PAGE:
This concept is a gray area when it comes to the school's involvement in providing resources to students. In fact, consider the bigger picture: if people are taking handfuls at a time, there must be a reason. Do they not have the means to get their own? Can they not afford it? Are they unable to drive to get them?
On a smaller scale, if that's all the school is able to supply us with for months at a time, then we should be sparing with how often we rely on the basket. Is the school supposed to deny students this necessity? When it comes down to it, we need to favor the bigger picture. This should be a priority; if what’s currently provided represents the school’s budget per semester, then maybe we need to take a second look at the budget.
I remember a day during the first spring semester at the new campus when I didn’t have a tampon and there was nothing provided. I rushed to ASB, and luckily, a group of girls were all there at the end of the table. I remember being very embarrassed because I had to ask them out loud and because I didn’t actually have one of my own. I actually whispered it to the group and one of them said “I got you,” giving me two in case I needed another one throughout the day. I ran to the bathroom so happy, feeling like I'd just had a bonding moment. But what if there hadn't anyone around? The “solution” is one females know too well.
“When they weren’t provided I felt like 'oh man that sucks' but there’s nothing I can do about it cause I forgot a pad so now I’m just going to have to stuff toilet paper in my underwear.”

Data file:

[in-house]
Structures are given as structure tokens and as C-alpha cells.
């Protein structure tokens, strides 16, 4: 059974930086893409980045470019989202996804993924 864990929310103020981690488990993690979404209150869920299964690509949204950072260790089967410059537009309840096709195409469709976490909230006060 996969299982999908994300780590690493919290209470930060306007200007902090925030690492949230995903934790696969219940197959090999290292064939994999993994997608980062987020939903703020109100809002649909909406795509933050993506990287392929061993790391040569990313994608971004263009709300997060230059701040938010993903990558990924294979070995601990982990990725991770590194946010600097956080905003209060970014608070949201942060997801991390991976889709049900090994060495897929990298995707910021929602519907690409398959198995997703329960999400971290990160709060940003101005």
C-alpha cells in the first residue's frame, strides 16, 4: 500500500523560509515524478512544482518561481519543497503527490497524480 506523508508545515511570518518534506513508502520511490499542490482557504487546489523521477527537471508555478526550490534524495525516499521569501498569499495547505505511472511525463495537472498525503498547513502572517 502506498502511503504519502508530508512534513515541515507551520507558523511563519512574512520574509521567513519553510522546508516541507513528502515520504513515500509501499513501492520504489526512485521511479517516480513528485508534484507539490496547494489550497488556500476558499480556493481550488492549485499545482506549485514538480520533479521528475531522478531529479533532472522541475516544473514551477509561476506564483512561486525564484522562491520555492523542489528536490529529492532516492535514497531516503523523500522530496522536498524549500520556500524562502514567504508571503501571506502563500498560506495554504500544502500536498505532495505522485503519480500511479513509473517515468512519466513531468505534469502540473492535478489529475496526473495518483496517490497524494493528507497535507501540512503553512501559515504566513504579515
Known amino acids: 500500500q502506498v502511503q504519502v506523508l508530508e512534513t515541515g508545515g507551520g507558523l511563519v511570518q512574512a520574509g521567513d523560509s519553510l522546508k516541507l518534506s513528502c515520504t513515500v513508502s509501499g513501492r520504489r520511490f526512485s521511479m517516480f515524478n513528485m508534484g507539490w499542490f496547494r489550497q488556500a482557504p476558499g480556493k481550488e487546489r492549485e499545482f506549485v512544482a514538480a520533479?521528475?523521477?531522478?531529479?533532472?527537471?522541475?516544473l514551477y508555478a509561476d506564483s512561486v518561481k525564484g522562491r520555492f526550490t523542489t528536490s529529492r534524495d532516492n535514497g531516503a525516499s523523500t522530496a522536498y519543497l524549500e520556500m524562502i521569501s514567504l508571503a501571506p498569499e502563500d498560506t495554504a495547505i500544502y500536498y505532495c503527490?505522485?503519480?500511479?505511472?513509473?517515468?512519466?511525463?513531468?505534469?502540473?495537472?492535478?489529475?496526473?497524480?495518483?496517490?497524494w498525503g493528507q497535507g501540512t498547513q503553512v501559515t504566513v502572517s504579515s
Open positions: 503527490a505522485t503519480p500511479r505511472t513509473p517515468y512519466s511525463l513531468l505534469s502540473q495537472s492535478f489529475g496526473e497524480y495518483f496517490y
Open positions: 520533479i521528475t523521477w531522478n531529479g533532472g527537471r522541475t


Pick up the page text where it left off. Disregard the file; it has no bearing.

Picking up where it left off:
- Cogswell Student
I bet that last sentence caused some awkward feelings for some of you. Let’s discuss why.
Society has taught us from a very early age that periods are secret, inappropriate to discuss in any sort of remotely public setting. This mindset has carried beyond conversational manners. It reveals itself in how unavailable they are, how much they cost, how you buy them, even how you transport them to the bathroom. We’re taught it's cause for embarrassment. If something goes wrong, and we bleed through our clothes, it’s the end of world. People will know we’re on our period. Even as a senior in college, I get caught up in this “embarrassment” mindset to the point where I still catch myself tucking my tampon up my sleeve to go to the bathroom.
Periods are seen as a problem because we’re taught that periods are a problem. Society tells us that it’s OUR problem, and since it's our problem we have to pay for it. Not only pay for the solution, but endure a luxury tax, because having a period is clearly a luxury and our choice to be hygienic is rooted in privilege. How would males react if the college were to cease providing toilet paper or hand soap?
The problem is not the lack of resources being provided on campus; the problem is lack of concern or awareness throughout society, from all sides. With all the events going on in our world right now, it’s important to band together on issues of hygiene and health. I don’t see why this same kind of camaraderie and stigma breaking cannot be extended to period talk. While writing this and discussing this piece with my male colleagues, I came to the (somewhat obvious) realization that words like period, tampons and pads were not in their day to day vocabulary. I thought to myself, “Woah, these words are ever-present in my life, but they’re not even in yours.” It seems silly to ponder such an obvious thought, but it did strike a chord. Society shouldn't be that way. Concern for the lack of feminine hygiene products around campus shouldn’t just fall on the women, it should be a concern for everyone.